6 responses to “The Engineering Social Hub”

  1. jrspruitt

    There is a fine line to walk there. On one hand, giving anyone the chance to provide content, provide a very diverse and rich pool of ideas to draw upon. On the other hand, it provides and exponential amount of not so good ideas to have to sift through to find those good ideas. I think a lot of things are like this though. Like performance car motors, if going for max horsepower, you make a lot of gains at first, gaining possibly 100’s of hp with a couple modifications. But once you have done those, and you are down to squeezing out every last bit of performance, you spend a lot of time and resources searching for 1/2hp here and there. Its that last 10% or so that is hard to get, which the internet and more so most social networking type services seem like an attempt to get that, when it comes to sourcing people for information and ideas.

  2. Bill

    The nice thing about having smaller communities is they can focus on specific niches. I know on a personal level I’ll go to different communities to ask about or talk about different areas of my interest. You can also get familiar with contributors easier. This may be especially true for vendor specific forums. What’s better than having a Microchip guru answer a question about one of their chips or a Texas Instruments analog guru suggest an alternate op-amp configuration for your design.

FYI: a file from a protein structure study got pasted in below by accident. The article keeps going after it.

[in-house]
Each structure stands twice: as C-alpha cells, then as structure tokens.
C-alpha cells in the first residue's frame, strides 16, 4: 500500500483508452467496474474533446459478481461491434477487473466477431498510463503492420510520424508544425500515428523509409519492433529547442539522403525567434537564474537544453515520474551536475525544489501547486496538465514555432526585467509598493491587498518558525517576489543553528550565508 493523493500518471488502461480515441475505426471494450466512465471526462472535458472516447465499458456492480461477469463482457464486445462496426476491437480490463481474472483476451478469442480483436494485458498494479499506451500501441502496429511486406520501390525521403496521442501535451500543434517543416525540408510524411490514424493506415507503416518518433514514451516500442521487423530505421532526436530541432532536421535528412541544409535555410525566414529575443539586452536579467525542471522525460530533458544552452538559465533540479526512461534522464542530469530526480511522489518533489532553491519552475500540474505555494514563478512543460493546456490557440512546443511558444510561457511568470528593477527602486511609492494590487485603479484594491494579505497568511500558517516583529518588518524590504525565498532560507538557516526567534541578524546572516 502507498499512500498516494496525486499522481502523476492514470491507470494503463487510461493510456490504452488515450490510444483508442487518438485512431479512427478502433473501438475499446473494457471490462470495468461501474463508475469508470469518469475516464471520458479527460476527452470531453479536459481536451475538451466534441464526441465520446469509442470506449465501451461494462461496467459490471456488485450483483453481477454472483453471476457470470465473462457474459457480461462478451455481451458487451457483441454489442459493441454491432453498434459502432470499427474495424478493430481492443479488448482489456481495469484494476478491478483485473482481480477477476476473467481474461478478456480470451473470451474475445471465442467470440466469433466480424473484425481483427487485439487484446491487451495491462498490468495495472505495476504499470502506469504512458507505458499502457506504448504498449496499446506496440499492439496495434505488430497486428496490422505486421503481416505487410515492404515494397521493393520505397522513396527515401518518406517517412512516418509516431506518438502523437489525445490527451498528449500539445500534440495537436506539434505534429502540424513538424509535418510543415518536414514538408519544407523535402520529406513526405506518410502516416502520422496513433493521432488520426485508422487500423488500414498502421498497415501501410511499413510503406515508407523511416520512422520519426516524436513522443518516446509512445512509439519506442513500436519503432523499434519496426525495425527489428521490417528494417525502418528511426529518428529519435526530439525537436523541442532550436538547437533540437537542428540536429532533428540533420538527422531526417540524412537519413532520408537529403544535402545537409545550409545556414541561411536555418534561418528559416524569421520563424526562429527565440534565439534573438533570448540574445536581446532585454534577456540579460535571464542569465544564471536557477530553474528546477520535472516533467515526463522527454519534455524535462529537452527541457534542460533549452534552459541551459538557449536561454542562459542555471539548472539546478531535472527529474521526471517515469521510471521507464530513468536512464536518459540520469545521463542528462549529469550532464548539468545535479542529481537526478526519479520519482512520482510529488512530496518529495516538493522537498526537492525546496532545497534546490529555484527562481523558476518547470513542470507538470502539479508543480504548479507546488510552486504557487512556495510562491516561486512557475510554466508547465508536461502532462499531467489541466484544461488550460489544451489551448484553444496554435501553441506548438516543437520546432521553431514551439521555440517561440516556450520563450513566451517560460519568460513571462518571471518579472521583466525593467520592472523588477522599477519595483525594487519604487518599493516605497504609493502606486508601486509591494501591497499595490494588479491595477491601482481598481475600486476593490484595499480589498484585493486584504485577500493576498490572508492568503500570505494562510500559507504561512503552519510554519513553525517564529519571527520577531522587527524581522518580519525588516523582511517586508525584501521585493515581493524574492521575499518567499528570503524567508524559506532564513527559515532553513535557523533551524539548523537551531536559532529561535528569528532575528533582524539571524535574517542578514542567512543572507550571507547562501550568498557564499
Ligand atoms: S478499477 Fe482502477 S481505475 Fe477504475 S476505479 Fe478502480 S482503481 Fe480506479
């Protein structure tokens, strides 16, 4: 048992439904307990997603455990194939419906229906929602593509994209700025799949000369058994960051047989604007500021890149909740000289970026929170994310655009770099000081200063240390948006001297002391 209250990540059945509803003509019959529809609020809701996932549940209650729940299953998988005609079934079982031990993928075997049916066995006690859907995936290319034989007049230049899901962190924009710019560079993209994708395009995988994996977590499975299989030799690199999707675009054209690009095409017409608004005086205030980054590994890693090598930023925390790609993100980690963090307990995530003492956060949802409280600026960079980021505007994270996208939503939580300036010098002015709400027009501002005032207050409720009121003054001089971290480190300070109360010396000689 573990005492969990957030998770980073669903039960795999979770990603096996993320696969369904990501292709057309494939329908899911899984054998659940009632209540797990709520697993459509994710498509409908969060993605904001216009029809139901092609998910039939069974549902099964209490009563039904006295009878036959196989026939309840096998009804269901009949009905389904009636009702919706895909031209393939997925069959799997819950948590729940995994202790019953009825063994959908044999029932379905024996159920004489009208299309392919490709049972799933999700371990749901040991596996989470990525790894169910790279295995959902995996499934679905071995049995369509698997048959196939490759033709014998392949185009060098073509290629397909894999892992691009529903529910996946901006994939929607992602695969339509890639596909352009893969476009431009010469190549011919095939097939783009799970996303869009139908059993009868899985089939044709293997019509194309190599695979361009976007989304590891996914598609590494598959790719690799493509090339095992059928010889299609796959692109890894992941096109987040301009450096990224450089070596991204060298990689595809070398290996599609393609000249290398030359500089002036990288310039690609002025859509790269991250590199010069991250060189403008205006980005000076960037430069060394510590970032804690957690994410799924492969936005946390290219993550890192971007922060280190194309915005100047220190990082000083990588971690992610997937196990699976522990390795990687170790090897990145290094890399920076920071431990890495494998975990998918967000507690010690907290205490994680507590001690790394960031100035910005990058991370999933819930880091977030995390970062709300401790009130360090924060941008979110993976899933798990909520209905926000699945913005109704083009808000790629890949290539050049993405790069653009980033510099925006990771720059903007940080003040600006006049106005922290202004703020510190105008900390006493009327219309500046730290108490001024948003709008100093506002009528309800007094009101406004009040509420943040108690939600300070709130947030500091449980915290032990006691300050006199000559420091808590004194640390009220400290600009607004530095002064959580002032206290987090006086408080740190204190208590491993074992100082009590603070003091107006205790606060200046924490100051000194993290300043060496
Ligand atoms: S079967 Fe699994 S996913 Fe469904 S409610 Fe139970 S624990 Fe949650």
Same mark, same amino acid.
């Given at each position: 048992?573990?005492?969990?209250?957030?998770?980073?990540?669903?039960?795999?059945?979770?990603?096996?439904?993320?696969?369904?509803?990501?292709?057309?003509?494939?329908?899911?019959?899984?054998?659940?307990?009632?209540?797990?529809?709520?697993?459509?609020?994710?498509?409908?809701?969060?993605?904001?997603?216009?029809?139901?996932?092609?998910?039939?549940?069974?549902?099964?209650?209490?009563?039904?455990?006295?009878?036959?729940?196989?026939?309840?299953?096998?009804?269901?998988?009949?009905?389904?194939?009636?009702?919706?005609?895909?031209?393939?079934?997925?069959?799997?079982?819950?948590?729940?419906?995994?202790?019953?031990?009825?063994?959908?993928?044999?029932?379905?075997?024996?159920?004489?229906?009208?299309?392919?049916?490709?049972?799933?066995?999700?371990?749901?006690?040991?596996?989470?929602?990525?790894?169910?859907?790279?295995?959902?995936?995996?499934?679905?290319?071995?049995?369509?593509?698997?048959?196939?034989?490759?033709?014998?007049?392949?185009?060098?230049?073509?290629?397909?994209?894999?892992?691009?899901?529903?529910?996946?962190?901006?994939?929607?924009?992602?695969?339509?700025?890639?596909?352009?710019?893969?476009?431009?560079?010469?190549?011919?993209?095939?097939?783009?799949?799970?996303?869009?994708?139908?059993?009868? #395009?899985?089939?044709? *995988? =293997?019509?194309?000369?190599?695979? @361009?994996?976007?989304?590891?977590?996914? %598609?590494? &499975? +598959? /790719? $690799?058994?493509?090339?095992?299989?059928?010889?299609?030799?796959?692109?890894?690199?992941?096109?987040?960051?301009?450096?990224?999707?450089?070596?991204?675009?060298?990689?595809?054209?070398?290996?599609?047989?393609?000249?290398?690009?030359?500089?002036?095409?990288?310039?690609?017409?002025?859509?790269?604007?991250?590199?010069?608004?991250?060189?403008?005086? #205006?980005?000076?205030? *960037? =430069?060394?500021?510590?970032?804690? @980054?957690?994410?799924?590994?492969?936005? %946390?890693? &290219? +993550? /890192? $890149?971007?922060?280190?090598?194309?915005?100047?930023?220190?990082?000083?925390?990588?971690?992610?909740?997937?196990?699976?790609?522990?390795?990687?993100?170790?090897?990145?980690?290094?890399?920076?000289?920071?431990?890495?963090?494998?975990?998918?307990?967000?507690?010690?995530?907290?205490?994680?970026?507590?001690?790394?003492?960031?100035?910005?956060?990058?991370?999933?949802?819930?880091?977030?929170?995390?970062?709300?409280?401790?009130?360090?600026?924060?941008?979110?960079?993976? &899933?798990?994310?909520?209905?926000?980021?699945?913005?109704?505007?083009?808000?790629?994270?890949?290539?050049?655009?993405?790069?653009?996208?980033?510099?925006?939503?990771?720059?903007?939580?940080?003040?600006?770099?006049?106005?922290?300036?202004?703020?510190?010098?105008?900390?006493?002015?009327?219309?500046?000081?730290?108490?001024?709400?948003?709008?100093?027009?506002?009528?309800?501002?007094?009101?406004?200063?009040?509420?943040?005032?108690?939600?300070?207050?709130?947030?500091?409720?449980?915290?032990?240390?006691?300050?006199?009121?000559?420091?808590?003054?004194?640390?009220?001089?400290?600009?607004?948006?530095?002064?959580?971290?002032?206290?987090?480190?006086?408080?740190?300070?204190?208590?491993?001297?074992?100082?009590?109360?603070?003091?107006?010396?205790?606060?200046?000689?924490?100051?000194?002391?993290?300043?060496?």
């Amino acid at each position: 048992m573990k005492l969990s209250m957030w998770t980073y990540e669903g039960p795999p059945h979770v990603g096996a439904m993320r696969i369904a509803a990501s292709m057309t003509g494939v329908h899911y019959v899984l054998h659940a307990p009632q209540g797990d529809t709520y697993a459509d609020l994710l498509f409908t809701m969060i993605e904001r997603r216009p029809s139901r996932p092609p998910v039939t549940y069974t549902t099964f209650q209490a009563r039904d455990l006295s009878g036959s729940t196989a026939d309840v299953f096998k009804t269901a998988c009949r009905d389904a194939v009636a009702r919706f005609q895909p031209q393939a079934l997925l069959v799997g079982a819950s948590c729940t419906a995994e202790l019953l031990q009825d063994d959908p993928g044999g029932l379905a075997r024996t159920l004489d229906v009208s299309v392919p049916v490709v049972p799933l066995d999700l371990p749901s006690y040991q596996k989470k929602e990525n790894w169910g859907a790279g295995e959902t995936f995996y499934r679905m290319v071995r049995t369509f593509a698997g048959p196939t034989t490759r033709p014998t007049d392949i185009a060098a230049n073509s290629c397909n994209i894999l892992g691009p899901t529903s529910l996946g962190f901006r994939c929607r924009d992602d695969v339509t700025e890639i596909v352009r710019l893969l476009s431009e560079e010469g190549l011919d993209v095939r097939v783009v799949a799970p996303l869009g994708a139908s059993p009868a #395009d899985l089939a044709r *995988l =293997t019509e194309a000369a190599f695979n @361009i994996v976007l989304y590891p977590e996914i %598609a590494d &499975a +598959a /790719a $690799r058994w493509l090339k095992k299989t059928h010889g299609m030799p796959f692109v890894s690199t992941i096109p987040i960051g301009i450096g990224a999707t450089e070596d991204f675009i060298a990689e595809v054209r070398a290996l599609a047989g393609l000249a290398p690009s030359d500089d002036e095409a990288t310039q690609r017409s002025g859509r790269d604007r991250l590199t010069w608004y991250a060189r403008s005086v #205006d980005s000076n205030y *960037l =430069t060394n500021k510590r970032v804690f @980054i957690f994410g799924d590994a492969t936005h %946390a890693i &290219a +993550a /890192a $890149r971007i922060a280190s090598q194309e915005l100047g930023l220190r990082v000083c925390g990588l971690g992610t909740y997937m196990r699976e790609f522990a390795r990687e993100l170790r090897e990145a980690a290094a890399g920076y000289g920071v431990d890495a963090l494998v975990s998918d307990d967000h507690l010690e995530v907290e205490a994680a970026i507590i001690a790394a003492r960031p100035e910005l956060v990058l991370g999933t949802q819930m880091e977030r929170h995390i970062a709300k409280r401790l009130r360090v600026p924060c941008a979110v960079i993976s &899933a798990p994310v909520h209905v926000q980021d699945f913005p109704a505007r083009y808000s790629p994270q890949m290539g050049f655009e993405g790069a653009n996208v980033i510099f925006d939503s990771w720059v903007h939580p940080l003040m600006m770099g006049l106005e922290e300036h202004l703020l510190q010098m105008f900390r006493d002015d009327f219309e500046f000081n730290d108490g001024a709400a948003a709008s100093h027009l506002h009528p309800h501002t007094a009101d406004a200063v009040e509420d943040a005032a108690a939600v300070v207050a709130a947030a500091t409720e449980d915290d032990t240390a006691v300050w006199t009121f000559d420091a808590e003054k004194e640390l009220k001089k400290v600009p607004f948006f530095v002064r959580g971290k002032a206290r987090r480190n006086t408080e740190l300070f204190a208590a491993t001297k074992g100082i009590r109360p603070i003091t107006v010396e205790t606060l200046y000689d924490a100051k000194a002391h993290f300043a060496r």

One good general electrical engineering community you didn’t mention is

    What would be nice is one database of forum usernames/passwords that would be adopted by every community. Having many different usernames and passwords is a royal pain. I also wish local bars would start having an “engineers night” with half price drinks for engineers so we could run into each in the real world more. Plus, just imagine how crazy those nights would get!

    1. Ally


      You should get out to more exhibitions and conferences, they are a great place to meet suppliers and other engineers. There are also usually fully populated pubs nearby 🙂


      You could also mention manufacturers hubs, like TI’s e2e community etc. I think engineering communities are a relatively new thing, and members will choose where they want to be.

      When social media originally became popular there were a wide variety of choices also. Bebo, Facebook, Linkedin, Friendsreunited, MySpace etc, etc. Each will find it’s own niche or disappear. Maybe one will “do a facebook” and take over the vast majority, but likely not

  3. GEARS

    I thought the point of Engineer Blogs was to blog about engineering and start that grand, global, one-stop-shopping community. Or was that my delusions of grandeur?

    You are absolutely right though. While I don’t visit those particular sites (I’m ME, not EE), matching content with good traffic and sustainability is difficult. I mainly use LinkedIn and Twitter. LinkedIn for a real-time Rolodex (that would be phone book…) and Twitter mainly for just screwing around. Other than that, I never really got the point of social media for anything serious.

    1. Chris Gammell

      I’ve never viewed EB as a hub for all engineering because we’re not really set up for it. Nor do I think it’s possible to be. There’s zero chance of ever getting all those big companies to work together because they all think bringing in people to their site is the most important thing.

      I view Engineer Blogs more as a news stand. We have the “covers” of all these magazines (writers of other blogs) displaying their wares and hoping to draw interest from the passerby.